Each year as I struggle to come up with a Christmas column, I think back on past holidays, searching for some tidbit to share with the readers. And each year I hope that the column is not too boring self-righteous or gooey sweet for the readers.

After 13 years, I've turned Christmas upside down searching for column ideas. This year was no exception. I had actually written two paragraphs for a column on toys when I decided to go in a different direction. I still love toys, but maybe I'll save that story for next year.

A few days ago my girlfriend asked me what my favorite Christmas memory was. That was a good question. When I was young, we would decorate the house with blinking lights of blue, red and green. Christmas cards would be on display around doorways and posts and a beautiful manger scene would be set on a table for all to see. Our dinning room table would be resplendent with a bowl of mixed nuts waiting for dad to munch on and a bowl of fruit, highlighted by perfect seasonal oranges. But we did not have a tree.

My parents would wait until Belinda, Dave and I were all in bed before Dad went out in search of a Christmas tree. On Christmas morning we would get up, rush downstairs while Mom and Dad were swigging coffee, and see a tree blanketed in lights, tinsel, candy canes and regally topped by a glowing angel, protecting a sea of colored packages. We knew Santa had come and brought the presents, the tree and the assembled bicycles, doll houses (for my sister, of course) and any sundries.

That worked for several years, but that would exhaust even the most dedicated mom, dad and Santa's helper. I later found out that after midnight, the tree lots would discard their unsold trees and Dad would usually get one for free.

I also considered writing about the cake mom baked every Christmas when I was a child. It was just a simple round cake, but a slice was always put outside so the birdies could take pieces up to Jesus. I used to watch the birds fly away with the pieces, glad that Baby Jesus was getting a piece of his birthday cake. I still love that memory.

But the memory that has been one of my favorites for years is about a little red box that fit in the palms of my hands when I was 10. The memory came from a time when my family was having it tough. Dad was out of work after the department where he worked was abolished. After being laid off, Dad had suffered a major heart attack and wasn't able to search for another job.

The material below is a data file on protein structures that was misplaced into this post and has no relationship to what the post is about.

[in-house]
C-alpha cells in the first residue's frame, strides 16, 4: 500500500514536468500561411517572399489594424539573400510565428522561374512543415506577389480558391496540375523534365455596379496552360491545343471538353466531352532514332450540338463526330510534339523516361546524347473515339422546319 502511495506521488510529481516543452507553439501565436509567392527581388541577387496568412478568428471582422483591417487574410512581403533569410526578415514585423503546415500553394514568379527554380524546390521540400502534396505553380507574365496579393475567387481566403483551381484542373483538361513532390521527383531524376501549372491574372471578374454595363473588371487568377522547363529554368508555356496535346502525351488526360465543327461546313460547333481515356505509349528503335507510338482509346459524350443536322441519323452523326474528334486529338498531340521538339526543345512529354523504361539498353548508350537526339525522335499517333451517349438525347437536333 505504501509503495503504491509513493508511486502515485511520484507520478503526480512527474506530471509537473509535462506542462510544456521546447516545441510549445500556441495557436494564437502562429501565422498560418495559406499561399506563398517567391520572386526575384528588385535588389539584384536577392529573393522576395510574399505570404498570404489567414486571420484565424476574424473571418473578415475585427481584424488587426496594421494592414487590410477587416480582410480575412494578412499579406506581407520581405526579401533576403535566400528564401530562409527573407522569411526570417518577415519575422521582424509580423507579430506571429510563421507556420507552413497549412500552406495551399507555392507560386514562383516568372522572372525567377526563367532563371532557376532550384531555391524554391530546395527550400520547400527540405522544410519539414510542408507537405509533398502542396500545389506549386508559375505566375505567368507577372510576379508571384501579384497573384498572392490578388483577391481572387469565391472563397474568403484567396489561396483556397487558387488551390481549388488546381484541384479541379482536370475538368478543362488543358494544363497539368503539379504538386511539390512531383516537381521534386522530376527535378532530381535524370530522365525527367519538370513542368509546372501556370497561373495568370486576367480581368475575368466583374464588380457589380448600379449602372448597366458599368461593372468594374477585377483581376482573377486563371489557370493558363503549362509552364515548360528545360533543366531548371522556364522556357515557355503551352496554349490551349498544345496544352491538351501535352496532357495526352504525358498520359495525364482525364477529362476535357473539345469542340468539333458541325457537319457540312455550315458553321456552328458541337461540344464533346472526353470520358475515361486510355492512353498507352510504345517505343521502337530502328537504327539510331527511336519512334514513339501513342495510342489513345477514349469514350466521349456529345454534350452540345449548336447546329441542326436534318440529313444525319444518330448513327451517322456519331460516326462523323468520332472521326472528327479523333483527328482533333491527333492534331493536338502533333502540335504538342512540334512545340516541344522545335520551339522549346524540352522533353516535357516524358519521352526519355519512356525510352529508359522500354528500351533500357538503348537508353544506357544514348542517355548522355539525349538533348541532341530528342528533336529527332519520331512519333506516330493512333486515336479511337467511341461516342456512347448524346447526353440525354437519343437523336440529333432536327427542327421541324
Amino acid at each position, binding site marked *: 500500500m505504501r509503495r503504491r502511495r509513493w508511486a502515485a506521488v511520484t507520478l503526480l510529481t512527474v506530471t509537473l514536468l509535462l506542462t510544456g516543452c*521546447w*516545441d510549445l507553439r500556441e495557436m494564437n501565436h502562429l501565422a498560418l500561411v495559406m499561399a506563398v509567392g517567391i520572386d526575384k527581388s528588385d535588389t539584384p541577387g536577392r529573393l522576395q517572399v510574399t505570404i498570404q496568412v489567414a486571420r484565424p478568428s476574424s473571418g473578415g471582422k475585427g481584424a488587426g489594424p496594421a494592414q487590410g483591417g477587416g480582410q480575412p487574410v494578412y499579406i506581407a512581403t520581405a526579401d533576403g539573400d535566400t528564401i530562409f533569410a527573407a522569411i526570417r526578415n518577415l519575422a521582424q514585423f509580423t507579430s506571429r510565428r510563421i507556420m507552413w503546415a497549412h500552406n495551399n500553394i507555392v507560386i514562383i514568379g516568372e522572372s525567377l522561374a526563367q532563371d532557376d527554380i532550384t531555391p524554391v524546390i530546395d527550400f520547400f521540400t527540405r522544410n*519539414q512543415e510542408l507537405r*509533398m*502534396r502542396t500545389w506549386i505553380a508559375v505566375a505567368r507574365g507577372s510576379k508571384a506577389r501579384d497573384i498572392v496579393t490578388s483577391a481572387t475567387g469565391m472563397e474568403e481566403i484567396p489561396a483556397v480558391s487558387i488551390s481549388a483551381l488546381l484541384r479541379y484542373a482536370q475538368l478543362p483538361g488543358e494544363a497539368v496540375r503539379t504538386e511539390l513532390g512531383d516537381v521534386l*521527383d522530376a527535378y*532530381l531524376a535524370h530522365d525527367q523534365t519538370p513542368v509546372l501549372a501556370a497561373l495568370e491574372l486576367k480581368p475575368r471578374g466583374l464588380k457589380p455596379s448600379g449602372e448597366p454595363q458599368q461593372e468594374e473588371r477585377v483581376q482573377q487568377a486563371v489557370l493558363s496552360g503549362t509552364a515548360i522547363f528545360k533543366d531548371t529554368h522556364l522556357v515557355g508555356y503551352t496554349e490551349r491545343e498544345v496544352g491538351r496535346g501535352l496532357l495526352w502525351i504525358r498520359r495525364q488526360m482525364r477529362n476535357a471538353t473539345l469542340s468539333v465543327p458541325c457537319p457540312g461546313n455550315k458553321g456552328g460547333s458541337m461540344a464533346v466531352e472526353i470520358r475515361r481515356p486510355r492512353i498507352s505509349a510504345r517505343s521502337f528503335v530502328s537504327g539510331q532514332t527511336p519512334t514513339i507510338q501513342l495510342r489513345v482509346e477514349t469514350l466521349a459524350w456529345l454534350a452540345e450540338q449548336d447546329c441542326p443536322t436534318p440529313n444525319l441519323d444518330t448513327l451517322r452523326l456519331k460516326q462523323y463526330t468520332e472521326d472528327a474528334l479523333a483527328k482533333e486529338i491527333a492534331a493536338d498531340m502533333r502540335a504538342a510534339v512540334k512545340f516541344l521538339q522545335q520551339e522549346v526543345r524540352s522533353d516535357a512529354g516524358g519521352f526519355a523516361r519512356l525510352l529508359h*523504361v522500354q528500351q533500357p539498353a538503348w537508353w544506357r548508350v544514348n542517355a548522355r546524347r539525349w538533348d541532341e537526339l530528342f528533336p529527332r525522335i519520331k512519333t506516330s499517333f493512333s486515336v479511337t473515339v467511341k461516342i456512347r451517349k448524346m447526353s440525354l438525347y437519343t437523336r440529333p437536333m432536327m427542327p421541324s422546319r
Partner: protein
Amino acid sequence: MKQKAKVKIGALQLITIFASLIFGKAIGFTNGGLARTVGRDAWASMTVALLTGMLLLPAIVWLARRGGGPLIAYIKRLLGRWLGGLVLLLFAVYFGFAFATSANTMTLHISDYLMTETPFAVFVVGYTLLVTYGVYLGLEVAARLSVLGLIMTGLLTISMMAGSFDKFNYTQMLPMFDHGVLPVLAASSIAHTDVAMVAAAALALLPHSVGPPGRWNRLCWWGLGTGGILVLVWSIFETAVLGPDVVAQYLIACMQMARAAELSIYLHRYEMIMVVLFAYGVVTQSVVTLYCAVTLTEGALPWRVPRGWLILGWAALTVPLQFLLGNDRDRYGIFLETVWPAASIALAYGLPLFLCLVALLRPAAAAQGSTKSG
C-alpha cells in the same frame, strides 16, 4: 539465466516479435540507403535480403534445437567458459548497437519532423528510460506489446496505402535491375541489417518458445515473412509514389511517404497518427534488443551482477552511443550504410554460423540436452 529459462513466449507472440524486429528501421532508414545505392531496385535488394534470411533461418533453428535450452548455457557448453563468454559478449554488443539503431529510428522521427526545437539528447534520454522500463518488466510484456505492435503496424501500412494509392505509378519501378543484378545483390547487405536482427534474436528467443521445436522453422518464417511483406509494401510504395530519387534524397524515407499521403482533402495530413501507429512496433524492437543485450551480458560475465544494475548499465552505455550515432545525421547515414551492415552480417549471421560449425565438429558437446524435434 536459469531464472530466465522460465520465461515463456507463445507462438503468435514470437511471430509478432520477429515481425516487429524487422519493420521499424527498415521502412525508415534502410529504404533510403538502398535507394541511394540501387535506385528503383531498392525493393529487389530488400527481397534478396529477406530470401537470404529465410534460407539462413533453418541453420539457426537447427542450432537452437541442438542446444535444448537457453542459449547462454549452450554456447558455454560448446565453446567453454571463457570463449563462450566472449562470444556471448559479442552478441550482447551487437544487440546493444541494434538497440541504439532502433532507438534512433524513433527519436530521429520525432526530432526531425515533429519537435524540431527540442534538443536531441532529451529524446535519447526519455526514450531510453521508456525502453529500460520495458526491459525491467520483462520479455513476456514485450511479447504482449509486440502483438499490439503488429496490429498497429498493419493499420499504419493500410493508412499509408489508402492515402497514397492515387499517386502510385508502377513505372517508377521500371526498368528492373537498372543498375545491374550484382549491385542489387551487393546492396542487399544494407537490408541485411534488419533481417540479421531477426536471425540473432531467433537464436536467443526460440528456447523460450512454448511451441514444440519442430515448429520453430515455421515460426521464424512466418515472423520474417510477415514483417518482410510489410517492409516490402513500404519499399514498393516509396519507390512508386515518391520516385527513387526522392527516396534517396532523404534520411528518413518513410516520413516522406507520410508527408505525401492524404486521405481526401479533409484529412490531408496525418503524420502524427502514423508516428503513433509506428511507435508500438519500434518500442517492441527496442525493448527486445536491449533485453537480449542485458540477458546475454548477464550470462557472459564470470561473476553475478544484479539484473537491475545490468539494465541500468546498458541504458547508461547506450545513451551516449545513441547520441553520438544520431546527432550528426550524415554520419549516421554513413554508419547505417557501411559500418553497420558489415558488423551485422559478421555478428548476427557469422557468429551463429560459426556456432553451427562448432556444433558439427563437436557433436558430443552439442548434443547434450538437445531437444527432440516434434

Those were tough times. That year Mom and Dad were not sure where they were going to get money for food, bills and gas, let alone for Christmas.

Then, as Christmas approached, something miraculous happened.

My family aunts, uncles, etc. who can be as close as any Southern clan or at war with each other like people in a mountain feud came together for a common cause, my family's Christmas. The family organized a gift-giving project and chipped in to help us have a wonderful Christmas. I don't remember a lot about that Christmas, except that I'll never forget the gift or the aunt who got it for me.

My Aunt Sue Shreve, who was one of my favorite aunts when I was a child, had helped organize the Christmas surprise that year. One of my presents from Aunt Sue was red handheld AM/FM transistor radio. Some readers may not know what a transistor is. Google it.

Those were the days (yikes, I feel so old) when AM stations still ruled the daytime music slots around Akron. The radio operated on a 9-volt battery and came complete with a whitish-tan braided single ear plug.

I can still remember the feel and look of that radio. I loved music. I loved closing my eyes on a summer day and listening to the voice in the radio talking about the latest records, disc jockey (again, Google it) appearances and sport reports.

I don't know what ever happened to that red radio, but to this day, I love the memory and the aunt who got it for me. So many Christmases have passed and so many gifts have been opened and that little red radio from my Aunt Sue is my favorite. I'll always be thankful to and love Aunt Sue for that.

Actually, Aunt Sue has been on my mind a lot, and I've been trying to give her the present she needs the most prayer. Aunt Sue was diagnosed earlier this year with pancreatic cancer and has been fighting like a warrior for months. Every time I think of her, I ask God to help her. I really love her a lot.

Aunt Sue knows she is sick but has not given up. I saw a picture of her picking out a new set of wedding rings on her Facebook page a few days ago. She looked intent on her choices. That's bravery.

This Christmas season, if you'd like to help my aunt with a gift, maybe you could whisper a prayer for her.

And just as Aunt Sue was a big part of my favorite past Christmas memory -- I'm hoping she'll be part of my favorite future Christmas memories for a long time to come.

I'm hoping I get up Christmas morning and when I ask my mom how Aunt Sue is, Mom tells me, "I talked to her and she sounded great and had a peaceful night." That would be my favorite Christmas gift this year.

Merry Christmas readers, may your holiday be filled with love, family and peace. And most of all, Merry Christmas, Aunt Sue. I love you and will never forget what you did for us.

Email: ttroglen@recordpub.com

Phone: 330-541-9435

Twitter: @Trog_RPC